Foresight and training are essential in contingency planning
Banks and other payment service providers switched to using pan-European payment infrastructures in the early 2000s. The efficiency benefits of these arrangements are undisputed, and the use of these systems in global interaction is often essential. Some of the processes of individual banks have also been transferred to operating units located abroad or to foreign subcontractors. Long-term disruptions to these processes would have a considerable impact on the functioning of payment traffic and securities business in Finland.
The financial sector and other critical sectors regularly practiceE.g. the FATO21 and TIETO22 exercises. preparations for dealing with disruptions and incidents of various kinds. Through these exercises, participants gain necessary information on the strengths and weaknesses of the sector and their own organisation. These exercises provide an overview of how the materialisation of current threats would affect the sector, and also provide an opportunity to develop resilience in the sector. Training is not enough in itself, however, as decisions taken in conjunction with it must also be put into practice within the sector and at the level of individual market operators.
In the financial sector training, it has long been recognised that there are vulnerabilities in Finland’s payment infrastructure. Although Finnish market operators have invested in incident management and, among other things, in improved prevention of cyber threats, contingency planning for the sector as a whole is inadequate.
Growing range of threats
Damage to the communications cables connecting Finland with the rest of Europe, and the consequent loss of connections to systems and services located beyond Finnish borders, has traditionally been seen as the biggest threat to the financial sector.
Individual cyber attacks are commonplace. Short-duration DoS (denial of service) attacks, phishing attempts and malicious hacking have been widely covered in the media. They have not so far had any major impact on critical functions in Finland. However, cybercrime perpetrators are no longer just individuals and amateurs but now include organisations and government actors. Such entities have at their disposal top-class expertise and considerable resources. The motives behind their actions have traditionally been financial gain, causing harm and thrill-seeking. Cyber attacks may also be conducted as part of hybrid interference. To guard against cyber attacks and other continuity disruptions, it is vital to consider what to do in the event that protective arrangements fail, and how to revert to normal once the situation has passed.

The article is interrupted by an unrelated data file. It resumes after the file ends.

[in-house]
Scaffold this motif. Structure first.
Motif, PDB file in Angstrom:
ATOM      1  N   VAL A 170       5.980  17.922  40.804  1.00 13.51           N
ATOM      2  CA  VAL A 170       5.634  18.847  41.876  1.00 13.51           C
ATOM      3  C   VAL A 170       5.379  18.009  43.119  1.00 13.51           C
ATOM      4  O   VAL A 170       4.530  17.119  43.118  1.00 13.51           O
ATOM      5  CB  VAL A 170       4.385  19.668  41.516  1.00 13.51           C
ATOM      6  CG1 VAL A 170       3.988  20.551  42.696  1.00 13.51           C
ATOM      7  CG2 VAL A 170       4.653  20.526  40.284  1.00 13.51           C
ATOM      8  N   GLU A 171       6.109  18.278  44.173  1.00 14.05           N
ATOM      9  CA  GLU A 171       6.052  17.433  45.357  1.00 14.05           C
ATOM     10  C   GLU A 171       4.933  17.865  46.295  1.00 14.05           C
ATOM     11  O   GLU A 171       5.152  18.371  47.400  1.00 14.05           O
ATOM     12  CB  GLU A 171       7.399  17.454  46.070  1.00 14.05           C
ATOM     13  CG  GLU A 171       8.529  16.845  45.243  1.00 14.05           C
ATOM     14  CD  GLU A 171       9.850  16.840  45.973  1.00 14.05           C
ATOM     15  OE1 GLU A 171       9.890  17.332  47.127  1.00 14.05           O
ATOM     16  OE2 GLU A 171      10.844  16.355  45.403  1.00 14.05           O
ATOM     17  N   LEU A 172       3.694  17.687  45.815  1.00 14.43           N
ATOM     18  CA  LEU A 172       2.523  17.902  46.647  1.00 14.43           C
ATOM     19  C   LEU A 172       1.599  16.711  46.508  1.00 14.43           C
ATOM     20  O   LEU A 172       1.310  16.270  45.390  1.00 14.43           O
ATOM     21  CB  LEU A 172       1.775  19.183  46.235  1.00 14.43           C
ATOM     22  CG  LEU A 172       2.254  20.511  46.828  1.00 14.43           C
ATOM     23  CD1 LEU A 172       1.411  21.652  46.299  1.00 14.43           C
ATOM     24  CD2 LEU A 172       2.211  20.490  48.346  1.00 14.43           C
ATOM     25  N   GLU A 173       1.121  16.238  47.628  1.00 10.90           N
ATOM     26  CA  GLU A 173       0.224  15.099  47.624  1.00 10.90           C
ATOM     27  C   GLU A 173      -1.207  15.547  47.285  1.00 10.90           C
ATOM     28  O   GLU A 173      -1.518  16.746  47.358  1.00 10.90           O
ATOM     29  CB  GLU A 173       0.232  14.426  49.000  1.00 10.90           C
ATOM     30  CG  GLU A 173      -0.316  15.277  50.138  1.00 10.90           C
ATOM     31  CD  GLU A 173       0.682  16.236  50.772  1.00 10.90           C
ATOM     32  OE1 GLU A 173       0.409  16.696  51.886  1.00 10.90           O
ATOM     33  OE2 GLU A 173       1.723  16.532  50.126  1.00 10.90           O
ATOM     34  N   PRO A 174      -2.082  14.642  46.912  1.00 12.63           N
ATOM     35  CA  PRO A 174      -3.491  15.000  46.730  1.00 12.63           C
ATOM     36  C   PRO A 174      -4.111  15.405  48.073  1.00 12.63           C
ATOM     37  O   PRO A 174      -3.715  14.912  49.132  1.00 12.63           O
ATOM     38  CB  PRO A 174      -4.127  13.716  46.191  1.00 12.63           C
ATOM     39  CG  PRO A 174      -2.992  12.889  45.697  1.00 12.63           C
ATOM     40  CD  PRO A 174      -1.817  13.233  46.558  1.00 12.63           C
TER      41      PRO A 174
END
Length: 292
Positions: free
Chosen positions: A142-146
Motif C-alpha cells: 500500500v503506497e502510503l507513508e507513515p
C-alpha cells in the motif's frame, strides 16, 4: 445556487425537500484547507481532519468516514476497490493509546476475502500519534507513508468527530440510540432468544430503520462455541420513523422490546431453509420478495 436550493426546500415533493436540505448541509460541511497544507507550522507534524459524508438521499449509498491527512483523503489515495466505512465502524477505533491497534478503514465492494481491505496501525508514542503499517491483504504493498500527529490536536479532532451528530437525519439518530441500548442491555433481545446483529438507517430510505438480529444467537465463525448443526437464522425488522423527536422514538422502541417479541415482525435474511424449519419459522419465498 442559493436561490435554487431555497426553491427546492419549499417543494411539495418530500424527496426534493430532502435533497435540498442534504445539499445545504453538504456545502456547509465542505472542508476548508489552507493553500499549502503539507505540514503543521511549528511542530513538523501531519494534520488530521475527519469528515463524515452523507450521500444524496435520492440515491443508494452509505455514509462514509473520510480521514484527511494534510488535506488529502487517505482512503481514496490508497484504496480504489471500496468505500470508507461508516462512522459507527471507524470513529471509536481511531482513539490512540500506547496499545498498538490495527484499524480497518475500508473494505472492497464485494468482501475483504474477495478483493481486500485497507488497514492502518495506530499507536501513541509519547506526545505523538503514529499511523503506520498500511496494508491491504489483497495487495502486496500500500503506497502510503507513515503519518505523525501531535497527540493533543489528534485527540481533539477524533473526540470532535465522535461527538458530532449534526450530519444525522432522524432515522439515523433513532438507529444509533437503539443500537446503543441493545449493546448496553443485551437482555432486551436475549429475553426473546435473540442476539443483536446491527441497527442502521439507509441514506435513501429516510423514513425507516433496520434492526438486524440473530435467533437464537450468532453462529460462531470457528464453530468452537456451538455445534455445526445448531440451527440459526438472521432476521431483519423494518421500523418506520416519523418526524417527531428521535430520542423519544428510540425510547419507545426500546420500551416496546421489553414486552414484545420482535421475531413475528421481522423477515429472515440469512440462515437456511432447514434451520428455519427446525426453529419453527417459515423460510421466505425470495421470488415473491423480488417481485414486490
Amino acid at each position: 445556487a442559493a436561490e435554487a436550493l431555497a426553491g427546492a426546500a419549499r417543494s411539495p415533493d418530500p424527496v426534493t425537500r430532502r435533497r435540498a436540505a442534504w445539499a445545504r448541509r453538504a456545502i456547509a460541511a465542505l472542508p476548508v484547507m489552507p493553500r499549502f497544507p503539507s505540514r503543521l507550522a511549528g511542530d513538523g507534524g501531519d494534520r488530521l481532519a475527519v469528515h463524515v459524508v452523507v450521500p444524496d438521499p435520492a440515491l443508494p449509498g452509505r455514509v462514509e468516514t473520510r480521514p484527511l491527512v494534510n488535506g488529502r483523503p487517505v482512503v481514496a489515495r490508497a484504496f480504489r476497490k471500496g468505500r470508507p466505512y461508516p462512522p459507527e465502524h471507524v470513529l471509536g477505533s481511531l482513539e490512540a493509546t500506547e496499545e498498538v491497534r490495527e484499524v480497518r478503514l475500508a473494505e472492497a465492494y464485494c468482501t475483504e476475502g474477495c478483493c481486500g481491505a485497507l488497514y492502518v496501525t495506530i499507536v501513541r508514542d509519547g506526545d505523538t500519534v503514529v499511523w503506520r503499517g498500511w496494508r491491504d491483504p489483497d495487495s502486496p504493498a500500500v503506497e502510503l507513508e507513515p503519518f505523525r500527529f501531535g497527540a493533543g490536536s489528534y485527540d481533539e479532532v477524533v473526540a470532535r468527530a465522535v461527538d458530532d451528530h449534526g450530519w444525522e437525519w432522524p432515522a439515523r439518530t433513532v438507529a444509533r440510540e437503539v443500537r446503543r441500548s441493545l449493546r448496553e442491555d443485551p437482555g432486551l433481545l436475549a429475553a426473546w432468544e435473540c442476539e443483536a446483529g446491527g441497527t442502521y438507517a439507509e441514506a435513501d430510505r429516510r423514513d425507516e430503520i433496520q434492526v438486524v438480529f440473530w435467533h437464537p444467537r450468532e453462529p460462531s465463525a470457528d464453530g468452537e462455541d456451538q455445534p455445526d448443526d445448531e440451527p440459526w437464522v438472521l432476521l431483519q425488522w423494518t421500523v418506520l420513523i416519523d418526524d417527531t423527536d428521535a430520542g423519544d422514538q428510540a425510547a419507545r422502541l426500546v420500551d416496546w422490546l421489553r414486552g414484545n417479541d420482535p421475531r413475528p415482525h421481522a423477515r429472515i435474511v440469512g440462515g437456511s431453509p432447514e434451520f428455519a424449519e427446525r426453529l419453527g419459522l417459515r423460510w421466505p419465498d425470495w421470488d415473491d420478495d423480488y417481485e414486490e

Even where an individual market operator is able to protect itself effectively from cyber risks, the sector as a whole may have serious shortcomings. Many firms have outsourced part of their activities. Outsourcing may have allowed them to improve efficiency and to share with others the costs of investing in new technologies. The use of cloud computing services, for example, has become more widespread in recent years in all sectors. However, outsourcing can be difficult to manage if the outsourcing chains are long and the view of the big picture is blurred.
Critical sectors’ interdependency risks as technology advances
Different sectors are networked with each other, and so a vulnerability in one sector can lead to vulnerabilities across a whole chain or even to wider problems. As an example, problems in power generation or in communications will have an extensive impact on society, including the financial sector. Problems in the financial sector could then be reflected in e.g. retail payments. Recognising interdependencies and making contingency plans for each chain is especially important, because the whole is only as strong as its weakest component.
We have become increasingly dependent on the reliable functioning of communications networks. Maintaining access to databanks has also become critical. Disruptions in communications networks will have an impact on other sectors. It is not enough merely to duplicate operational systems as a way of planning for contingencies. Instead, there has to be a clear plan for ensuring that communications networks and databanks are still available during disruptions.
Our globally networked world is making increasing use of technologies. This should be done efficiently and securely. These developments are, for the most part, positive, and they have allowed us to be part of a global picture, but at the same time our scope for influencing matters at national level has diminished.
How do we pay in emergency situations?
Payment is one of the essential functions in society. It is vital that salaries, pensions and benefits can be paid, and that people can buy essentials for living, such as food, medicine and power. The systems used for payment must be secure, reliable and efficient. If the use of these systems is prevented for some reason, payments that are essential for the functioning of society must be managed in some other way.
A target level which is suitable and sufficient must be set for this in contingency planning. Not all services used in normal conditions are necessary in prolonged disruptions or emergencies. Instead, preparedness must focus on essential needs, which is also important from a cost-effectiveness viewpoint.
The operation of financial markets is based on confidence. A disruption to payments or to the transmission of payments could cause a loss of confidence in the banking system, especially if the disruption is prolonged. Sufficient contingency planning will help ensure that confidence is retained even during disruptive situations.